Fundamentals of Sand Volleyball Part 3: Blocking

Share with others

By Shaun Catlin - Director 692 South, JVA Beach Committee Member

In the previous articles we reviewed hitting, setting, passing but in this edition we are covering blocking in beach volleyball. But we shouldn't cover blocking without out the defensive movement required to help assist your partner during a block.

You may believe that because you don't have many blocks, or you make blocking errors that you're not a particularly great blocker, however, the presence of taking away an area is very essential and important in beach. Don't get frustrated because you're not touching the ball with every single block, just understand that you are doing your job as a blocker by directing the ball to your partner. What this effectively does is remove up to 30% of playing surface for the hitter to attack to. Most hitters will opt for a better-shot selection if there is a block up at the net. Your secondary job is to funnel the ball to your partner while posting a great blocking wall with the intention to block the ball.

The first fundamental concept we want to cover is taking away a particular area of the court by deciding whether to block line or angle. The next key step is your ready stance at the net and how to position yourself to accept the block opportunity. Lastly, we need to learn how to peel away from the net to provide a better defense when the attack doesn't seem terminal.

Know the Signal

On the beach we have two blocking opportunities: line or angle. You can show line by holding one finger down stating that you will block line for the side in which you're holding, or two fingers down signify that you are blocking angle. Look at the image to the right: What is our player below blocking for her opponents? If you guessed angle on the left side player and line on the right side player then you are correct.

Footwork is King (or Queen)!

When at the net as a blocker you always want to be prepared and ready for an opportunity to block the ball. Simple queues such as facing the hitter and positioning yourself in front of the hitter at all times creates the largest opportunities for a successful block. Your footwork should be staggered as shown in my handy drawing below. Just reverse the foot location if you are a right side player.We teach a split stance approach on a block with the hand of the outside line slightly bent with palms facing forward. This allows you to peel off the net using the proper peel technique.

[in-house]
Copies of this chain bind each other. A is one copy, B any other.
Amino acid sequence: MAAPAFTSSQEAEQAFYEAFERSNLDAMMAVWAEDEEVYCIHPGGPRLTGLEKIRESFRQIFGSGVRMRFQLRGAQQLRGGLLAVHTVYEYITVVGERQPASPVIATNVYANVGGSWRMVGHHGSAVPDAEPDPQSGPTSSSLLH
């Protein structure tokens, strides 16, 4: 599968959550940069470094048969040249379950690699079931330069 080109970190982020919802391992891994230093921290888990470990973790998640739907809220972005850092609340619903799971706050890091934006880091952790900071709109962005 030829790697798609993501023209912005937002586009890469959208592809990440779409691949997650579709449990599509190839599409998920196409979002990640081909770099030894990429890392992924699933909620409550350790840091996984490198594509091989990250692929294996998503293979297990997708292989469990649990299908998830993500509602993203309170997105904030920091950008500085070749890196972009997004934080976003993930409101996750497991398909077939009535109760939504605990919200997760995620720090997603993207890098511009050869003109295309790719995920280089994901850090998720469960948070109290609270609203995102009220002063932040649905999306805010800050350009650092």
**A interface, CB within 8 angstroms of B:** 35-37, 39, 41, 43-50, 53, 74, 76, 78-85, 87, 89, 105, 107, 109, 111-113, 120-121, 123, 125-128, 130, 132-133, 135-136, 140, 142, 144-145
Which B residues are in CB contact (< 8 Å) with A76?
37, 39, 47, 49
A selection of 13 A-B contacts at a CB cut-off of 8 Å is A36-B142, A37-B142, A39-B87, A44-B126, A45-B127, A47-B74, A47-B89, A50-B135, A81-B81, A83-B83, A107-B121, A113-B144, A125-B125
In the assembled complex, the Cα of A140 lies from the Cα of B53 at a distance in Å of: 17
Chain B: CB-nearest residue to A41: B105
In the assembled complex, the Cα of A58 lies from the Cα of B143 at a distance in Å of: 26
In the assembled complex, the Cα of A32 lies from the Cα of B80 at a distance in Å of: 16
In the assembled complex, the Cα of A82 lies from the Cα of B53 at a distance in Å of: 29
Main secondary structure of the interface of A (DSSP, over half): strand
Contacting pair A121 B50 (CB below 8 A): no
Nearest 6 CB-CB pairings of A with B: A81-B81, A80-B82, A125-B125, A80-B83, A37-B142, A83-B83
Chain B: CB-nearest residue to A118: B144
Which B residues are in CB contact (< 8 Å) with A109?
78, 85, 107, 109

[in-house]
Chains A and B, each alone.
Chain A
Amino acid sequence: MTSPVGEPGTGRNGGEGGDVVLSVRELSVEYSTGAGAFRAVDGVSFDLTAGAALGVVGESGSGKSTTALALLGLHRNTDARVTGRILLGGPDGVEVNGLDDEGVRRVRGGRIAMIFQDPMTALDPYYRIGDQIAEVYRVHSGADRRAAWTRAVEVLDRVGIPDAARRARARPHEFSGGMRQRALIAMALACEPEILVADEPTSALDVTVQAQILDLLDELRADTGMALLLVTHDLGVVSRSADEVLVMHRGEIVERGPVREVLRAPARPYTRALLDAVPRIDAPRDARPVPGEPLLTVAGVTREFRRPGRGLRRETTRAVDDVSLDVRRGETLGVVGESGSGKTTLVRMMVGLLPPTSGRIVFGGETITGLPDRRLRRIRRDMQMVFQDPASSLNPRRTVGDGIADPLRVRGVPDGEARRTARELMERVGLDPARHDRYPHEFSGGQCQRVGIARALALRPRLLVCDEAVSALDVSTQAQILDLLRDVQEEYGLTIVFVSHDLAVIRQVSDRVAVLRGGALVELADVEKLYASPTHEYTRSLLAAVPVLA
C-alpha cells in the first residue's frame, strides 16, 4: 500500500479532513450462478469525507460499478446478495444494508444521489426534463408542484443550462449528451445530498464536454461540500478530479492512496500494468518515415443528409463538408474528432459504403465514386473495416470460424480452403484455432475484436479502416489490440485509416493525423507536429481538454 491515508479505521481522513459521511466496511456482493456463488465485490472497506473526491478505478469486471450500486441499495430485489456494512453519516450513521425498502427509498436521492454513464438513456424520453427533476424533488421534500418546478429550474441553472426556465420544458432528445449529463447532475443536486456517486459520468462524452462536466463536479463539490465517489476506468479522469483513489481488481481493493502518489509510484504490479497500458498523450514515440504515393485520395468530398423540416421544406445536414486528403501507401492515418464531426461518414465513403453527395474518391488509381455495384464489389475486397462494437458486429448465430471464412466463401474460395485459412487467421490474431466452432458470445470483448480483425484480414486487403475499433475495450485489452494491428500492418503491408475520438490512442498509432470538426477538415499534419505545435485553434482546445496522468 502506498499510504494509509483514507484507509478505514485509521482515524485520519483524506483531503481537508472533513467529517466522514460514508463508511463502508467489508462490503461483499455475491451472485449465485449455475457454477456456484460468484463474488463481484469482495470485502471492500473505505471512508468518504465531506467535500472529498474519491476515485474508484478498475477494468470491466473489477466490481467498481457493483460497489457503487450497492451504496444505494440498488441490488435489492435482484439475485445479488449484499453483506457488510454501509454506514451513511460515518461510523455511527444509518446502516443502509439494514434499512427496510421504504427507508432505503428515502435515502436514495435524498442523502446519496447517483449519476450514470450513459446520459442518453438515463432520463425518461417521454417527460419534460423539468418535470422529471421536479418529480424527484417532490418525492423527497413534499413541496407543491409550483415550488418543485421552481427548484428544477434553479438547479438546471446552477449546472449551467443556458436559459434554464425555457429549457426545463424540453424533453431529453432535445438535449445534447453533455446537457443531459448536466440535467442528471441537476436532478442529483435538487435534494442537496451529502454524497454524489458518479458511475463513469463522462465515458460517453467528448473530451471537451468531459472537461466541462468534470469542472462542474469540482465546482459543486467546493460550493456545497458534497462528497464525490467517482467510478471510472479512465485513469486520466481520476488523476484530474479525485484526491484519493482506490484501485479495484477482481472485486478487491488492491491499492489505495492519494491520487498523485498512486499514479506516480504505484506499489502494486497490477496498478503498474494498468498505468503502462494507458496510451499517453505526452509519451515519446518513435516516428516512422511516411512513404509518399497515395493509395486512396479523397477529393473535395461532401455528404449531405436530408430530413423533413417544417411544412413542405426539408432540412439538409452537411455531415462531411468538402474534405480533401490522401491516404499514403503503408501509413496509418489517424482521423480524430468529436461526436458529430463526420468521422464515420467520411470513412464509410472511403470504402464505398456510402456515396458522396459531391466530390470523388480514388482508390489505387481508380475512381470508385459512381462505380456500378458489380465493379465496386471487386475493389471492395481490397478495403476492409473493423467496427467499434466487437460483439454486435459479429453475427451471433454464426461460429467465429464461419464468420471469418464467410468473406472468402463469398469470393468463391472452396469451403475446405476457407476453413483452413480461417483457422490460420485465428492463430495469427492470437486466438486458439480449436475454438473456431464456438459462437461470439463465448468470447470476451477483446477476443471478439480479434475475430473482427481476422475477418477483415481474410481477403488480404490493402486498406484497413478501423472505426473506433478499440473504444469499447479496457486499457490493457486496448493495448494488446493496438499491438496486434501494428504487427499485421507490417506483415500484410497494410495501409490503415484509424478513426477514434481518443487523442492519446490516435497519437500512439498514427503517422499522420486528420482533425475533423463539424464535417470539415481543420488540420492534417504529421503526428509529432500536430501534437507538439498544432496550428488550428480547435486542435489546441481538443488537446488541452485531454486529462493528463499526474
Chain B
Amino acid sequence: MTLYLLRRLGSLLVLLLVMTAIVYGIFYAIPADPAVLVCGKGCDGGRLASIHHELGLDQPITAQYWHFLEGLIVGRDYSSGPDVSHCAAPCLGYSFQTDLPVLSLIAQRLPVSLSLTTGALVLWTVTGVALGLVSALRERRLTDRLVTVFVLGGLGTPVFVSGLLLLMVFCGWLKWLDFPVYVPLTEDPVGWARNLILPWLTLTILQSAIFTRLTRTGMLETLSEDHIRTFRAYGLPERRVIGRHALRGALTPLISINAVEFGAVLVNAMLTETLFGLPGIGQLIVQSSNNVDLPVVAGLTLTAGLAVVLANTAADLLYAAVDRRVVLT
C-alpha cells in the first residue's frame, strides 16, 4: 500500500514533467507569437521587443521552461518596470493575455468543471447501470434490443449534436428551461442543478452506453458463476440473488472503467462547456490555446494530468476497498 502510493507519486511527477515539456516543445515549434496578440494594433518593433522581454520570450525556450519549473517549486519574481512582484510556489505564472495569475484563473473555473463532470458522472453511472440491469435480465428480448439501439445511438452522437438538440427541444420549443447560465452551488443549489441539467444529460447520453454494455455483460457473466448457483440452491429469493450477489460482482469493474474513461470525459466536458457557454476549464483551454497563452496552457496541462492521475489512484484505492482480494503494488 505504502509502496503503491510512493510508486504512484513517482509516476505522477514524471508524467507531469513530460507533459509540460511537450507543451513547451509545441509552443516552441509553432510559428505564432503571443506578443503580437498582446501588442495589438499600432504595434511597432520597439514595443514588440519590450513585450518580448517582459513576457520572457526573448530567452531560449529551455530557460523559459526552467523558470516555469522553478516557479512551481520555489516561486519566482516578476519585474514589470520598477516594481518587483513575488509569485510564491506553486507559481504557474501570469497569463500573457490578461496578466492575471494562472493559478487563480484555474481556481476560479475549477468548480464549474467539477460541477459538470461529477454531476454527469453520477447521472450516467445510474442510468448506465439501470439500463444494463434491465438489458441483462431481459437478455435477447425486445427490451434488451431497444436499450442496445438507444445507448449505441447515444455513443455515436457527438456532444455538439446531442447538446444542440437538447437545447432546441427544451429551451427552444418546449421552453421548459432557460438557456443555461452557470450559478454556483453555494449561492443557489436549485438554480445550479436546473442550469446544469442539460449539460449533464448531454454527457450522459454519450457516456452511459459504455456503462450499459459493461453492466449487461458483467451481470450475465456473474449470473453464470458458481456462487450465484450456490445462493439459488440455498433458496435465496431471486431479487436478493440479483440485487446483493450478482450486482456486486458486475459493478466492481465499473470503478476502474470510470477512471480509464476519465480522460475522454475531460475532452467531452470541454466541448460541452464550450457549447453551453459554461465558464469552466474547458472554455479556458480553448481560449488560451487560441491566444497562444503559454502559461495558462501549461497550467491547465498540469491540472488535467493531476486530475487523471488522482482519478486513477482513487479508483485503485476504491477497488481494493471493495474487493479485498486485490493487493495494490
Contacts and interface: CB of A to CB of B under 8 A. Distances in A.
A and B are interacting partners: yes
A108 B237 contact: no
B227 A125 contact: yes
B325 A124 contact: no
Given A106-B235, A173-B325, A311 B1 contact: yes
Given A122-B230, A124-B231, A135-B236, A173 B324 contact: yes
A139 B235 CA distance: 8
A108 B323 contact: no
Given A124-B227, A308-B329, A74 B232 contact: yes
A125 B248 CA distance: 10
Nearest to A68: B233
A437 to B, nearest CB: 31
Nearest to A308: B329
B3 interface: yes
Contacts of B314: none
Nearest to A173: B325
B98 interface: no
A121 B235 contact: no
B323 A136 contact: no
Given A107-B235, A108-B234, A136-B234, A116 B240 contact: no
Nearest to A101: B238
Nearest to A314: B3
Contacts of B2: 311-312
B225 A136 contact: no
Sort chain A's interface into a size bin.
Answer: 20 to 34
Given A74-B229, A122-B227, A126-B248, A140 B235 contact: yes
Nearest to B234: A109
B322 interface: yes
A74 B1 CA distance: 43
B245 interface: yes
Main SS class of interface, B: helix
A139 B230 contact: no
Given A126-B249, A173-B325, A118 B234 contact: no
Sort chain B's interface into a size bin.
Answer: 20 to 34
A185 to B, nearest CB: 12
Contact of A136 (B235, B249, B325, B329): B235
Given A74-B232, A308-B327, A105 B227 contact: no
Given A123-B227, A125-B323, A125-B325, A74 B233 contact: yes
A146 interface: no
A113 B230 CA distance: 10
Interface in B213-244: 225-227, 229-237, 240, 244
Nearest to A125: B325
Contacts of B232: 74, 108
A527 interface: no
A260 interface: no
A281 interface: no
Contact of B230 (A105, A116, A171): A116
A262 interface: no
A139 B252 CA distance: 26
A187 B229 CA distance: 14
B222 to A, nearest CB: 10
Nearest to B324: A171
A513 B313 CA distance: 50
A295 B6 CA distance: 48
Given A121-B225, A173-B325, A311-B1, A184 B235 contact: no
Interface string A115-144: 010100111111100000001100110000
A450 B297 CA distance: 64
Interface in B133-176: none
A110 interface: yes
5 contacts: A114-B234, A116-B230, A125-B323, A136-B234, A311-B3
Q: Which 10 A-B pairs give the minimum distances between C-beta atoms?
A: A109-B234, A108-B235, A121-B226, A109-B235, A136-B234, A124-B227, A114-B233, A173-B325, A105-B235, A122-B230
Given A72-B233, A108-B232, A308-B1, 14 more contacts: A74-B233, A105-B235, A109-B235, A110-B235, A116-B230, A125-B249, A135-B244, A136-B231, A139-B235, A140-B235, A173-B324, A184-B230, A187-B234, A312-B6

Peeling isn't all Bananas If you are able to successfully track the hitter and the set provides the hitter with no opportunity to aggressively attack the ball then a block should be posted. However, if the set is off the net and a terminal kill will be less likely to happen, you should peel by opening your body to the court crossing your outer leg over your inner leg, taking an aggressive step away from the net and a large swinging hop facing the attacker. In short we call this a Cross, Step, Hop. It's one of the fastest ways to drive your body away from the net and make a defensive dig. As you scale up to the higher levels of gameplay, your judgment of which sets need to be blocked will be easier and this basic technique will also be used.

Remember that blocking on the beach is the strongest defensive skill since it is your first line of defense. If you can put up an aggressive block at the net, your opponents with have no other option but to avoid that block at all costs. Click on the image below to watch match point of the 2012 London Olympic games when Kerri Walsh blocks the cross court shot for the gold. Throughout the entire match Kerri's block set up the defense and affected the shot selection for the Chinese attackers.


Ask Us a Question